The growth of the movement was slow, but, in 1904, the party had 10,000 members and obtained 29,999 votes at the Parliamentary elections. The Anarchist and Syndicalist movement considerably hampered its development and there was a struggle for influence in the labour unions.
The industrial crisis following the Phillipine and Cuban wars gave the movement a bad setback. The membership of the party and of the labour unions declined.
The war and post-war economic development, during which rapid industrial progress was made in many directions, particularly in transport, coal, electricity and agriculture, gave the party a considerable push and, in the elections after the establishment of the Republic, they became the second largest party in Parliament, with a representation of 117 members out of 475 elected.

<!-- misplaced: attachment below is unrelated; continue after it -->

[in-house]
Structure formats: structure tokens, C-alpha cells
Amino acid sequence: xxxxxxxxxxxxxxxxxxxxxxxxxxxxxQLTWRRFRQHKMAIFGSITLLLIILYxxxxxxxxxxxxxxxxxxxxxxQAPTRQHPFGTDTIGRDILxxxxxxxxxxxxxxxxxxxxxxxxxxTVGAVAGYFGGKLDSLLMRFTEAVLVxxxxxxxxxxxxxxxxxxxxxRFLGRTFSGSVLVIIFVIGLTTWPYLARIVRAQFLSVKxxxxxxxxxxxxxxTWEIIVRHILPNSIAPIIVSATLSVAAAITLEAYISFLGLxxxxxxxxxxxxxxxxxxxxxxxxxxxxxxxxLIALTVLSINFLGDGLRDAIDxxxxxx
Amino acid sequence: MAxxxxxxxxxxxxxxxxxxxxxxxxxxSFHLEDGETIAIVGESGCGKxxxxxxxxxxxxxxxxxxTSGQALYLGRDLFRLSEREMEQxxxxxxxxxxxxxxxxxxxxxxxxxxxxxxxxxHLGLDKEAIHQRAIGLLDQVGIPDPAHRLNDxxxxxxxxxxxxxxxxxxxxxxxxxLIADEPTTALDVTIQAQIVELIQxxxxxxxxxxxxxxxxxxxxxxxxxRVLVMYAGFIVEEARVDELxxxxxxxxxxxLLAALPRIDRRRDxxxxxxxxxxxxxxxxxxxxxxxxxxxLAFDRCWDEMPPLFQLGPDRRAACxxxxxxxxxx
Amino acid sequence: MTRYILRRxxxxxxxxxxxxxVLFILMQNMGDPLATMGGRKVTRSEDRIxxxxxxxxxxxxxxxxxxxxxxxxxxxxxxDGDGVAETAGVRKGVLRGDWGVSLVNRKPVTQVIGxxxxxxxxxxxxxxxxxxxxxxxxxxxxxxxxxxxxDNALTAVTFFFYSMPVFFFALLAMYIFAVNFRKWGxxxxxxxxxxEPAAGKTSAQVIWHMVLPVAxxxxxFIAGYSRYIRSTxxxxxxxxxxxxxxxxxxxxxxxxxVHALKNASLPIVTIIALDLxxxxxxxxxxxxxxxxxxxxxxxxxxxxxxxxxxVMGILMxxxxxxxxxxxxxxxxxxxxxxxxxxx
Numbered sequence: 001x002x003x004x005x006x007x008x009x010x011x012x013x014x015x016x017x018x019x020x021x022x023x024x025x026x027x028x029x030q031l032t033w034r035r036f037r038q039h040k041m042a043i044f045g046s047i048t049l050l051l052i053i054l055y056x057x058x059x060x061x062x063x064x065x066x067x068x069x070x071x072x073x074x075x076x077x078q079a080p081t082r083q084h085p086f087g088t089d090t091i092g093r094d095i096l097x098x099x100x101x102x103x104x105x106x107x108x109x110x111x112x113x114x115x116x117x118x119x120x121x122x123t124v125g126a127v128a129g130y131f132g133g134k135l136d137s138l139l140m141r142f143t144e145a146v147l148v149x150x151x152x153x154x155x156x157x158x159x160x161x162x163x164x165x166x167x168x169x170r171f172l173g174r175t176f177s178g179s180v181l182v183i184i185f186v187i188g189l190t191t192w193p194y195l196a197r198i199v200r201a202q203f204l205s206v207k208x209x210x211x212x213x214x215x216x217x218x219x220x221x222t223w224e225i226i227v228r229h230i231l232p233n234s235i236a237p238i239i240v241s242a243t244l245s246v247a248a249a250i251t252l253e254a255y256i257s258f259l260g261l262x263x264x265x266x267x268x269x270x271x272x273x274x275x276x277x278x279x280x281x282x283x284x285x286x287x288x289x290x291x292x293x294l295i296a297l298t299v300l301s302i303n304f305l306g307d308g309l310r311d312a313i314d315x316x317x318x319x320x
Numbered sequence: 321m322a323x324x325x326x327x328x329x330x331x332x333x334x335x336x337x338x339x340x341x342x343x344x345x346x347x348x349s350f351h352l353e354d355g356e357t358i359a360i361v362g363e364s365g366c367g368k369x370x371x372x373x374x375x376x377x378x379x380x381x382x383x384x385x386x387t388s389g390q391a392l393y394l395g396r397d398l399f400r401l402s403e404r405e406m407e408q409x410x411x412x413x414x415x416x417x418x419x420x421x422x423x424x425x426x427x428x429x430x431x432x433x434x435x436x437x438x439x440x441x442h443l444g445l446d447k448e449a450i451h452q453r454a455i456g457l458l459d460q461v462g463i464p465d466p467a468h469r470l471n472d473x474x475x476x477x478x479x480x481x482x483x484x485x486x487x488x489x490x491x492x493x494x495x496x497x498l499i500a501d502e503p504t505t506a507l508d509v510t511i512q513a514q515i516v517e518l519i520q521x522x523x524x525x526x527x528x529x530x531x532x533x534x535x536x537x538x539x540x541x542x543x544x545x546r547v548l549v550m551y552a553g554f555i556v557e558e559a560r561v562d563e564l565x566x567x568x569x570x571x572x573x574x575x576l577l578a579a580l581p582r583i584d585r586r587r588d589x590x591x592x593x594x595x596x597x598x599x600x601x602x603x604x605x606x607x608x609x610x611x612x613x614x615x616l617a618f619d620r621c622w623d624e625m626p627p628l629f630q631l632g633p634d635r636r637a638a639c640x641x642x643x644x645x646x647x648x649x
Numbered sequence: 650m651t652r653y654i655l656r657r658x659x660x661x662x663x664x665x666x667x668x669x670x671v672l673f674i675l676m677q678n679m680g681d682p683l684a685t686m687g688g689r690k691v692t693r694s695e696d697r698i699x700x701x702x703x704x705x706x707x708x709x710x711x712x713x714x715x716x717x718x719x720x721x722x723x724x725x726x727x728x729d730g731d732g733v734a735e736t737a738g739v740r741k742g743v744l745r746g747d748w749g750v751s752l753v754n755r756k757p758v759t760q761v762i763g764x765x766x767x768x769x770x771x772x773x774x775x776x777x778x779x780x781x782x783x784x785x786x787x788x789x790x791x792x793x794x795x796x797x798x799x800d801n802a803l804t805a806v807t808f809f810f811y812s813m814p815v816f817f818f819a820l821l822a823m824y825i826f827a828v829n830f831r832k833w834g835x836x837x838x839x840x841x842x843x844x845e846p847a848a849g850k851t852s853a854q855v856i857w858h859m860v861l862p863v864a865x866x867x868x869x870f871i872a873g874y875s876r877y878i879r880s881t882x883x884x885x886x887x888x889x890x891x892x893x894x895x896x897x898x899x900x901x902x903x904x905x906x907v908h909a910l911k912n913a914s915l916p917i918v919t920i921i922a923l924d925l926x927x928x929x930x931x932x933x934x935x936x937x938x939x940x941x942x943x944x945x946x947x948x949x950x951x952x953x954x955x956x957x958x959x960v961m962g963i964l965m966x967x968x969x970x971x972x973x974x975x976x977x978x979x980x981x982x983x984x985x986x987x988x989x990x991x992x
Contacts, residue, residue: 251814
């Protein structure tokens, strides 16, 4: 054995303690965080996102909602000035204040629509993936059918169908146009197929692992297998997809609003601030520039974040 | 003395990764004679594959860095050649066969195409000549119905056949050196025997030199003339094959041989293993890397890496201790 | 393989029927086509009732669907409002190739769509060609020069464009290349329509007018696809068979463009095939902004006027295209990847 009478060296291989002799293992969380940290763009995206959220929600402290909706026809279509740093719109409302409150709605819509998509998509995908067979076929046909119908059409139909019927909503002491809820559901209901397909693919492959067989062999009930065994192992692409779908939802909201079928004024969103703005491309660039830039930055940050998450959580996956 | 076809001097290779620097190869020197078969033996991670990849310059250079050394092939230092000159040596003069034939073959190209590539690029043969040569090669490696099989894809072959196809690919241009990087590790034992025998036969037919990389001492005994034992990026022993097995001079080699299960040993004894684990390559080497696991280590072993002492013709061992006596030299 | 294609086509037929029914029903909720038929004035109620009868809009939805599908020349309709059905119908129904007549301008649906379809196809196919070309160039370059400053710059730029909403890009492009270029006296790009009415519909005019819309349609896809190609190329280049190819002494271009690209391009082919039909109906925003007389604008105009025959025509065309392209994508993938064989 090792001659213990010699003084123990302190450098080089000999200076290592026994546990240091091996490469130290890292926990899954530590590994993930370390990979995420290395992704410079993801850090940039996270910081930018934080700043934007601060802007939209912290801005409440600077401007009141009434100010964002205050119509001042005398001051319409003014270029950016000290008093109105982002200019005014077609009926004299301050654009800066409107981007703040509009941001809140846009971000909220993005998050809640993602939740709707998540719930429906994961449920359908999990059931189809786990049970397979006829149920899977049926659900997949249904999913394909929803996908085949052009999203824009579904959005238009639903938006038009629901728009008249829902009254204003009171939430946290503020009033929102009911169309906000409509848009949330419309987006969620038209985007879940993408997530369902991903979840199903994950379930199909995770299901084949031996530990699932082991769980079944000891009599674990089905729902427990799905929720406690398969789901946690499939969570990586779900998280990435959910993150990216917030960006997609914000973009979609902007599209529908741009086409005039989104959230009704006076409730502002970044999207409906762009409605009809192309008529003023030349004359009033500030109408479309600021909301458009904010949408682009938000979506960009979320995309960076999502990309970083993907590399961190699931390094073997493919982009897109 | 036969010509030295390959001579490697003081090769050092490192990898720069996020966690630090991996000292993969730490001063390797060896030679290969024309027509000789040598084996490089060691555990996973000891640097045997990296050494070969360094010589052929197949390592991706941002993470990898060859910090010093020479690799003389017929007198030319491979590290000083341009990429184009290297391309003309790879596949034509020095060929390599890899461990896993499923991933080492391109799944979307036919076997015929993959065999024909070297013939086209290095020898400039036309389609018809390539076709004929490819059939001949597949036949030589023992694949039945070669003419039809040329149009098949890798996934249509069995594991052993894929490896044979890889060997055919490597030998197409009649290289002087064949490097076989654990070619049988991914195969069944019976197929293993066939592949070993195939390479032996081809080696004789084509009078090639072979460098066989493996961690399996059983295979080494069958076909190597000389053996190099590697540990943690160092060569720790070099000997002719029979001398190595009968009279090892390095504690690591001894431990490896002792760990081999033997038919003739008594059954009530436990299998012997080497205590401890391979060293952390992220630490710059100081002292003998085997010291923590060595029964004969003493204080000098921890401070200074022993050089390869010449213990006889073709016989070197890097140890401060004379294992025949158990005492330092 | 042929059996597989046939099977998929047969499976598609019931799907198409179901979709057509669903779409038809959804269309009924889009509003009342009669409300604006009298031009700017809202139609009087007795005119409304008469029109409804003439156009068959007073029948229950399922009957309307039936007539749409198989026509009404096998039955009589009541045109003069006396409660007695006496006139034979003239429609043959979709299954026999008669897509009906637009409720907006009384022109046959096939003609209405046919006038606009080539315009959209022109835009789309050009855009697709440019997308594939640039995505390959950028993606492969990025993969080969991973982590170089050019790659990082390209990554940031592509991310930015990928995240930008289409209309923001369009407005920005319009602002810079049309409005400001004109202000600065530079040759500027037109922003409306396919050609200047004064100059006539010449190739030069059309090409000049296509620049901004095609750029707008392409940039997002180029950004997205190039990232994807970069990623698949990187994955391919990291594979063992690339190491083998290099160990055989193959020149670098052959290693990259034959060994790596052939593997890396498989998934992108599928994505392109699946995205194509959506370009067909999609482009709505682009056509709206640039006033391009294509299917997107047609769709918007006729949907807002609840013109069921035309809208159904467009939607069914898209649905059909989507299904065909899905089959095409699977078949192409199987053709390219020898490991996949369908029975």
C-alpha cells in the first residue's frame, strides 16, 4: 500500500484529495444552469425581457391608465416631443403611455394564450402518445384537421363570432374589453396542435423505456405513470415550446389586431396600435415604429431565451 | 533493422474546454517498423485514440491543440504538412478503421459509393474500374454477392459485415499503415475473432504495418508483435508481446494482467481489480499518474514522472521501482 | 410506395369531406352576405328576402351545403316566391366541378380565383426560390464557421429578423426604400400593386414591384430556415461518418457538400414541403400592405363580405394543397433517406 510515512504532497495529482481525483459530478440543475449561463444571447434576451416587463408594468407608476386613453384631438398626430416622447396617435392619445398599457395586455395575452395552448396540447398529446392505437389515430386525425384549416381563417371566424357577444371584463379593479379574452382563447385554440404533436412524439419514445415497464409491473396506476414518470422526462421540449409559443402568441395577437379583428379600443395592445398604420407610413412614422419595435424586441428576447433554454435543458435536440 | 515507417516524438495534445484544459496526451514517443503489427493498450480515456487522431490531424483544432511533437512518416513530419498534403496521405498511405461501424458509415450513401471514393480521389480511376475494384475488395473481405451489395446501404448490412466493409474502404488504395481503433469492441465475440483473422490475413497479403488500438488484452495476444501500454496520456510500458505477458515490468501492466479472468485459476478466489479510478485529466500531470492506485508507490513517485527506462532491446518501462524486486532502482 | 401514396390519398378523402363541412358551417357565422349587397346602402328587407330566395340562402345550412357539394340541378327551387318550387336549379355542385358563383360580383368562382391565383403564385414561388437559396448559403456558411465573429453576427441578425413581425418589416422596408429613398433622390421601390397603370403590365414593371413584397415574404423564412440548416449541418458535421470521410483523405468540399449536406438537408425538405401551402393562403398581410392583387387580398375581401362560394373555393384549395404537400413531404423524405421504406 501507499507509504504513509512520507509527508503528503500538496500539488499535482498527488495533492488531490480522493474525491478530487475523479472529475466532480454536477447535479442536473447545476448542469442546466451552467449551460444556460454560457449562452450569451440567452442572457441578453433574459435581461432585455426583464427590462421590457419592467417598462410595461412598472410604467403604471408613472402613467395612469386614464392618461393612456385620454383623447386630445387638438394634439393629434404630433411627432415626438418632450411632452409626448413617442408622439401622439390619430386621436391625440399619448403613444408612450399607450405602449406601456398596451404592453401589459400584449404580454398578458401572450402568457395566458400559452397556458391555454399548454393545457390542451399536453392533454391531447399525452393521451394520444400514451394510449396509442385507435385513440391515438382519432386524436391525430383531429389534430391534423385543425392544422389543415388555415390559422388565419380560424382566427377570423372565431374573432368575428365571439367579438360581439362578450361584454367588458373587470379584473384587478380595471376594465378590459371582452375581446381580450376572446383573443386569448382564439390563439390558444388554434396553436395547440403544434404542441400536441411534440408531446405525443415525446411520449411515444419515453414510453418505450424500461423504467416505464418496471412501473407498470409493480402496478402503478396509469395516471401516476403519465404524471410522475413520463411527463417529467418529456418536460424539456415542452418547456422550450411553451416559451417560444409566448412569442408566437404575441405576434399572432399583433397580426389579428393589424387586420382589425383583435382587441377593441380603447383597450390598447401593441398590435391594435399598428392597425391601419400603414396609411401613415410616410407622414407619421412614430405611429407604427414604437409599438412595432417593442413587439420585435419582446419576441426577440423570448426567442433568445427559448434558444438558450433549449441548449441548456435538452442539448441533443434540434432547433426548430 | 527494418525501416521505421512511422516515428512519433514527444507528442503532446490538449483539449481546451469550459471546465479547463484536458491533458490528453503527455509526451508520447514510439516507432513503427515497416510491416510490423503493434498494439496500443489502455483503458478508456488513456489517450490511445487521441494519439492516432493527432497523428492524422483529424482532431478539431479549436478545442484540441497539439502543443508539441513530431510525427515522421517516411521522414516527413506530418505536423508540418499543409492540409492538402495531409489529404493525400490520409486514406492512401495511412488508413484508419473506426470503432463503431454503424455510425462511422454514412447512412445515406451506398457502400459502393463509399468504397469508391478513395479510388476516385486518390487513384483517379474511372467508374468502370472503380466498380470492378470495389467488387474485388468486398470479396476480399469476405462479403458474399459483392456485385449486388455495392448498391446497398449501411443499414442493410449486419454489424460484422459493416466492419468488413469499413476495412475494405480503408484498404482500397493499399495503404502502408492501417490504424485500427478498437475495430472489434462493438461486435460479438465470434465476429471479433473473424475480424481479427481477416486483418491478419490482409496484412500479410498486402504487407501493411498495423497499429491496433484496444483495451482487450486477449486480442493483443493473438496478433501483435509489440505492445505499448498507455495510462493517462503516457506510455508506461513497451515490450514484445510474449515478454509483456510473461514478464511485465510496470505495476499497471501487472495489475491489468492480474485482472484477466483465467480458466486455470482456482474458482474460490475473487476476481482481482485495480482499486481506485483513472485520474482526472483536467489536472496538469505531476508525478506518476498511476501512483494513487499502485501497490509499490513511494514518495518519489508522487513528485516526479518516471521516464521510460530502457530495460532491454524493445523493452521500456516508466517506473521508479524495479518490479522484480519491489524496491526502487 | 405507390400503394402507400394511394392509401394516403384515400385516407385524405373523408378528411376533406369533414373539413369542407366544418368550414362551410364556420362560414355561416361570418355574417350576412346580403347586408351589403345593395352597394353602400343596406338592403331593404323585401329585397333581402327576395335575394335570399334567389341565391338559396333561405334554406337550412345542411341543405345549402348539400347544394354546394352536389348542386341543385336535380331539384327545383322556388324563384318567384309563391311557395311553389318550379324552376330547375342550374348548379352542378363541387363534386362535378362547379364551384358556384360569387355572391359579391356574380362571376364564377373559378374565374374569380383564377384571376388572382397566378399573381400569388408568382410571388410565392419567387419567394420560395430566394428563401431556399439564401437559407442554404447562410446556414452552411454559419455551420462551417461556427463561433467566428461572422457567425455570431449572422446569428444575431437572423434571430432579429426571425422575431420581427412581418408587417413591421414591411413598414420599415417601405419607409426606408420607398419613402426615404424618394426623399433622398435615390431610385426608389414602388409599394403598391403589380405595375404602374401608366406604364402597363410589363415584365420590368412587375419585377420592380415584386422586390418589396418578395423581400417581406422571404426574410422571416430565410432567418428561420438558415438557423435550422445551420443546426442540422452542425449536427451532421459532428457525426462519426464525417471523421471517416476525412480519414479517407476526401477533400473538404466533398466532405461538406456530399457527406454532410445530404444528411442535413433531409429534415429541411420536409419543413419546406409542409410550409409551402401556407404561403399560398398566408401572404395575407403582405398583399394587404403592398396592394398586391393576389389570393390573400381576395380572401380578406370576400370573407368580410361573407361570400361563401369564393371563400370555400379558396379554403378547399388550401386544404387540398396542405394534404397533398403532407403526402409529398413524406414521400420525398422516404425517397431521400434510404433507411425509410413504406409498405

The quality of the support given to the party, however, has not taken long to show itself. In the recent elections it was only able to secure the return of 60 members ! The reason for its decline is quite simple. It was one of the supporters of the Government since 1931 and has had to carry the blame for the conduct of the Government—an inevitable result of alliance with avowedly capitalist groups.
The facts are that the original professions of the Manifesto remained pious ones, and the party occupied itself with the much lauded practical policy of reforms, losing sight of the object originally conceived—on paper, at any rate.
At the moment of writing it is threatened with the same fate that has fallen upon its Austrian counterpart and it is debating the fatal policy of armed resistance.